medphysiks Level 1

                    Sounds like a plan, thanks.  I've been experimenting with my grey card, but it seems inconsistent.  Maybe it's not as neutral as it's supposed to be.

                    • 7. Re: Auto WB and magenta tint
                      wobertc Adobe Community Professional

                      There are 'Grey' cards for Exposure, and 'Grey' cards for White Balance. They are not the same! In fact some Exposure Grey cards are definitely OFF-balance when used for WB.

                      So check your card type, do some more reading-

                       

                      A good article can be found at this link-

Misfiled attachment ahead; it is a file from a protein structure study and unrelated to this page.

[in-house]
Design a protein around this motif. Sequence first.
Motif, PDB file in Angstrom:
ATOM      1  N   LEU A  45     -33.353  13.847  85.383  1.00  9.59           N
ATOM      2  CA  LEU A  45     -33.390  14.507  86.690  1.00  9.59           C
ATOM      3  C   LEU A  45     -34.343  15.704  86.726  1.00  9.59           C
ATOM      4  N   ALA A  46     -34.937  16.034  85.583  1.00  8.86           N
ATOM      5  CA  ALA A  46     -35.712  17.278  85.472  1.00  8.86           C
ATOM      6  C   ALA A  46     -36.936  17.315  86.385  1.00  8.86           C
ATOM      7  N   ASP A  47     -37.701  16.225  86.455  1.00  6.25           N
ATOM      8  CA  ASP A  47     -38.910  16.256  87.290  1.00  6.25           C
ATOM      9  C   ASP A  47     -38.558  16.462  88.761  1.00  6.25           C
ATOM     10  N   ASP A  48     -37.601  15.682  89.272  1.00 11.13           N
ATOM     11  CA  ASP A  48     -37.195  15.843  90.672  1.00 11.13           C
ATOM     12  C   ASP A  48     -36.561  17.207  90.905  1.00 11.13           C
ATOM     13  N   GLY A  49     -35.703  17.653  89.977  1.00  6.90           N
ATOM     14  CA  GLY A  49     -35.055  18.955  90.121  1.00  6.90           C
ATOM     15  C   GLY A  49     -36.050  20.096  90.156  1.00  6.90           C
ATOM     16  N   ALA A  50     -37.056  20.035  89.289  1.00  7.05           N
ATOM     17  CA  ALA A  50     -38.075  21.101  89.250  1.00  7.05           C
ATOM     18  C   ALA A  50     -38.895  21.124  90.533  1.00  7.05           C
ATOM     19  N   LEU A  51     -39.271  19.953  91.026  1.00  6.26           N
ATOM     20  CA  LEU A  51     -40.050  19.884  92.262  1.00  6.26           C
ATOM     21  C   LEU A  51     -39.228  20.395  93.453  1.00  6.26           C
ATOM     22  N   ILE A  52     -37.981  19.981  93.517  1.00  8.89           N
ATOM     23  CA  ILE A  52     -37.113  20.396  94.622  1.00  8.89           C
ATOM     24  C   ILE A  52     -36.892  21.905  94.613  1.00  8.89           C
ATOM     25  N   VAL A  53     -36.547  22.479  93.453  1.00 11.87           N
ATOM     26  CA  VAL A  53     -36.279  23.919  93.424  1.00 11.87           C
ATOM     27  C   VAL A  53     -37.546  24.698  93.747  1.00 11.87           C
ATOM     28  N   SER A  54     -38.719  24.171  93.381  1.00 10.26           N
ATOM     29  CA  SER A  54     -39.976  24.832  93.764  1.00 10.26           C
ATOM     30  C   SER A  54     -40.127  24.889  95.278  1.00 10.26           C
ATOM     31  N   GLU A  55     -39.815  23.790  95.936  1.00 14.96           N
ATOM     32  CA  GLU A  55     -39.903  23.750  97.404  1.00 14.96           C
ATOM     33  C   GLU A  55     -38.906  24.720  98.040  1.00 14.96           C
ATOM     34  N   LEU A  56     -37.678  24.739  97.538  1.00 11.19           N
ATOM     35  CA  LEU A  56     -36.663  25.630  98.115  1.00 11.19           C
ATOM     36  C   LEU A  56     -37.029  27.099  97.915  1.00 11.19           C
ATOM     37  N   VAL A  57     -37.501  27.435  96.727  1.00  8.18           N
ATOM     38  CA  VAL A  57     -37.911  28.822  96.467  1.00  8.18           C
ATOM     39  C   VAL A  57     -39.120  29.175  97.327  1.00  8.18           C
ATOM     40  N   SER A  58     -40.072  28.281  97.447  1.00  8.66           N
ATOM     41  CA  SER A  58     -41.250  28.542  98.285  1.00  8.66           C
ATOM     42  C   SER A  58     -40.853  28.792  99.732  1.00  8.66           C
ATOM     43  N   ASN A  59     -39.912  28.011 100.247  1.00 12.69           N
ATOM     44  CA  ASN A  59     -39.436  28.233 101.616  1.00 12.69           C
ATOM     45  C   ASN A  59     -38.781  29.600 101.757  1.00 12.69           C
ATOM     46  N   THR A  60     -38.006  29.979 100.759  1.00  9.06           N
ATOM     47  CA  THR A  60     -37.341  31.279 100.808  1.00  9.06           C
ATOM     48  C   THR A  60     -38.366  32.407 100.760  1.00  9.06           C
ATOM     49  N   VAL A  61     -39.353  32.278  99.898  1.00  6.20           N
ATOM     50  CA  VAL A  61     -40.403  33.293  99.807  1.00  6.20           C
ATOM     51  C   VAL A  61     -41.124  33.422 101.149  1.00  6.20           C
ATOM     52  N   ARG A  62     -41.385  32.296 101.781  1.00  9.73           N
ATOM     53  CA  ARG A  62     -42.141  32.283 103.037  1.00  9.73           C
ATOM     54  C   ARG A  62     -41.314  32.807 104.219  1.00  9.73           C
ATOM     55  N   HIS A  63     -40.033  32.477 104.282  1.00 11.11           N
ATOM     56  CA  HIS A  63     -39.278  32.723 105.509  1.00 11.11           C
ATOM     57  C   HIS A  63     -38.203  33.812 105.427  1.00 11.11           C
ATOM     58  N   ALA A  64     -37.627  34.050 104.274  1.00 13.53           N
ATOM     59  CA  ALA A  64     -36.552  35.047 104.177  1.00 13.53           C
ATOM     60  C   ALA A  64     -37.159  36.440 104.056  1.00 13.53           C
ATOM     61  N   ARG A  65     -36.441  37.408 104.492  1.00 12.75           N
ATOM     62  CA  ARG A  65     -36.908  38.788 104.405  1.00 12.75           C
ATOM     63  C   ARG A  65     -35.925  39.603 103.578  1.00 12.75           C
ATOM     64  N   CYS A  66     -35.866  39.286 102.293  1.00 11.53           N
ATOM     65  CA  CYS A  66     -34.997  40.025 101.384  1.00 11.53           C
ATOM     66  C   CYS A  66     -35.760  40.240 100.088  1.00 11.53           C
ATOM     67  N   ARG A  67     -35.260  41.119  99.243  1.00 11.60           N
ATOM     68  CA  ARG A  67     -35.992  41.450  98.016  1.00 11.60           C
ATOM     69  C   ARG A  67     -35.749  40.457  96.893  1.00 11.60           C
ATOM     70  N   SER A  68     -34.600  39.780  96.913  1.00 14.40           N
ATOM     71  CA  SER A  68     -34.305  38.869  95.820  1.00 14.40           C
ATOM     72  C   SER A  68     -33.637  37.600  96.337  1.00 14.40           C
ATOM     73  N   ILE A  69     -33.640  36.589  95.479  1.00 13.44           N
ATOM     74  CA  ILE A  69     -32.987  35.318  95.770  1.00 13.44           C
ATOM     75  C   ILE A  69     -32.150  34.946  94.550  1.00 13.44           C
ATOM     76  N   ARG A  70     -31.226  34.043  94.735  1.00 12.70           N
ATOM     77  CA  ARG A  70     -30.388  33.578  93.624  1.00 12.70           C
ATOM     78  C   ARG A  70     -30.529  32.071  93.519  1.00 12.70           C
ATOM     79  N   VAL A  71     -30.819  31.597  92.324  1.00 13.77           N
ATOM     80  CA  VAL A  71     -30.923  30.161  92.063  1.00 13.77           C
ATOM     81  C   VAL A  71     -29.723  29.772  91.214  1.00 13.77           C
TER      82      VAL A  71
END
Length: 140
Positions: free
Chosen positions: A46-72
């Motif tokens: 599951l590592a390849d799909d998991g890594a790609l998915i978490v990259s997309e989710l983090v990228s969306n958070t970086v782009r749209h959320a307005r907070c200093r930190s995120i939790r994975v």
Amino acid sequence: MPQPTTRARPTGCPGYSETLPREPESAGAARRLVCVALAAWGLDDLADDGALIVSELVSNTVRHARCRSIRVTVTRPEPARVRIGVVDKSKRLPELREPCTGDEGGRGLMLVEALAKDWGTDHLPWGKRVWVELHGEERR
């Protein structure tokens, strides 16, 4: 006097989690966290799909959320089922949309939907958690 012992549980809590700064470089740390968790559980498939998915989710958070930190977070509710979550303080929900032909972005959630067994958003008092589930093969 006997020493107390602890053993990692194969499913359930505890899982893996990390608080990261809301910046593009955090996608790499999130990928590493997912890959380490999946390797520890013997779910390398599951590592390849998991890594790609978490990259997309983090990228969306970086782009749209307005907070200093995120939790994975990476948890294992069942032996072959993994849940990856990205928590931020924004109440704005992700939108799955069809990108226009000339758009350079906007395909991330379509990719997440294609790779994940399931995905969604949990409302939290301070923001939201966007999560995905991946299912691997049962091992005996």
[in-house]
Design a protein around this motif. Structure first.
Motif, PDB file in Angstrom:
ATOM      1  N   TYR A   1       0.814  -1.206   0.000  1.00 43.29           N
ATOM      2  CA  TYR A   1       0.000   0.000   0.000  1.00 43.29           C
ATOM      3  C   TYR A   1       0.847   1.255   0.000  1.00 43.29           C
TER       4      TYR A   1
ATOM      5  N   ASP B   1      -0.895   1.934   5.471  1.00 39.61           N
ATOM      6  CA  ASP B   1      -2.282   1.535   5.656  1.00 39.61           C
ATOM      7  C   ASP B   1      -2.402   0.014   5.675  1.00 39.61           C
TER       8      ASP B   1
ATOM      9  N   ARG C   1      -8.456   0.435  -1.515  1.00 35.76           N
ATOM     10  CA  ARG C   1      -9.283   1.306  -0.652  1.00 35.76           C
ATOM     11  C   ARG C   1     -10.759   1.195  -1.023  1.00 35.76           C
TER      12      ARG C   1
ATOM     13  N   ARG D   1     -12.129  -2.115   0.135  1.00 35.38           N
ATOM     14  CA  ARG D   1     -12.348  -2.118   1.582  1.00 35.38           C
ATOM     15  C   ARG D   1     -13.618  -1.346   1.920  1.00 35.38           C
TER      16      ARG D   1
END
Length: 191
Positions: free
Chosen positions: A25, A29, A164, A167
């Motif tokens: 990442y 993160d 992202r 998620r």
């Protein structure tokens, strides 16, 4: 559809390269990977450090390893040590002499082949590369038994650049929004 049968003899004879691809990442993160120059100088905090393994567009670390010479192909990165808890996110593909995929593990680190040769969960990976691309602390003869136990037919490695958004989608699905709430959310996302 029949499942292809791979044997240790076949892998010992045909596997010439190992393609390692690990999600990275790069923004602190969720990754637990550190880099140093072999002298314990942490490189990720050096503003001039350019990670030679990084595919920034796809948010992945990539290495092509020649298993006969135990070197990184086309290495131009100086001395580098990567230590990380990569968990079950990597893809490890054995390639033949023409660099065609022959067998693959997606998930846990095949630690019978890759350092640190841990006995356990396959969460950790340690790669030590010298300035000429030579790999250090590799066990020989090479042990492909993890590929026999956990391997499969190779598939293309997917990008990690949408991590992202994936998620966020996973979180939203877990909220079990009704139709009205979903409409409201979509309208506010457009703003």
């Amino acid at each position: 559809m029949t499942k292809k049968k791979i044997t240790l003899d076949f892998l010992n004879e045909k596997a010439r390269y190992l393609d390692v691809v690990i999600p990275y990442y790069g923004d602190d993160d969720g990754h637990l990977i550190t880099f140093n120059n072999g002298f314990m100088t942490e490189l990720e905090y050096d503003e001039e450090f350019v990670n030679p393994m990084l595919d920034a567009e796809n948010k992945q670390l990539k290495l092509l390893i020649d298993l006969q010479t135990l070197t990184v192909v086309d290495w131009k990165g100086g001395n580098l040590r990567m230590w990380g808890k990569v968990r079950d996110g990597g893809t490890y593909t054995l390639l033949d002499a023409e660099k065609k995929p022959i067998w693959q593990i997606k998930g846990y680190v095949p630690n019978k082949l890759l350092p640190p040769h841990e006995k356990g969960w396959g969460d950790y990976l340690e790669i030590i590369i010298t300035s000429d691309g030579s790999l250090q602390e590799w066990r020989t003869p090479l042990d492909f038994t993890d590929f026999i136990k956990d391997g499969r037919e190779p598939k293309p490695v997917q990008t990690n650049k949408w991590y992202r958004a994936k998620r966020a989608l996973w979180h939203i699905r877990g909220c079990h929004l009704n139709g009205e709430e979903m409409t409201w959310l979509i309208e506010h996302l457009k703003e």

Understanding White Balance

                       

                      and-

                      http://www.slrlounge.com/school/tutorial-understanding-white-balance-color-temperatures-in -8-simple-steps/

                      • 8. Re: Auto WB and magenta tint
                        b2martin_a Level 2

                        When using the Expo Disc you point the camera at the light source to set the white balance, not the image.  This is not the same as averaging the image to set the white balance. 

                        • 9. Re: Auto WB and magenta tint
                          trshaner Adobe Community Professional & MVP

                          medphysiks wrote:

                          I've been experimenting with my grey card, but it seems inconsistent.  Maybe it's not as neutral as it's supposed to be.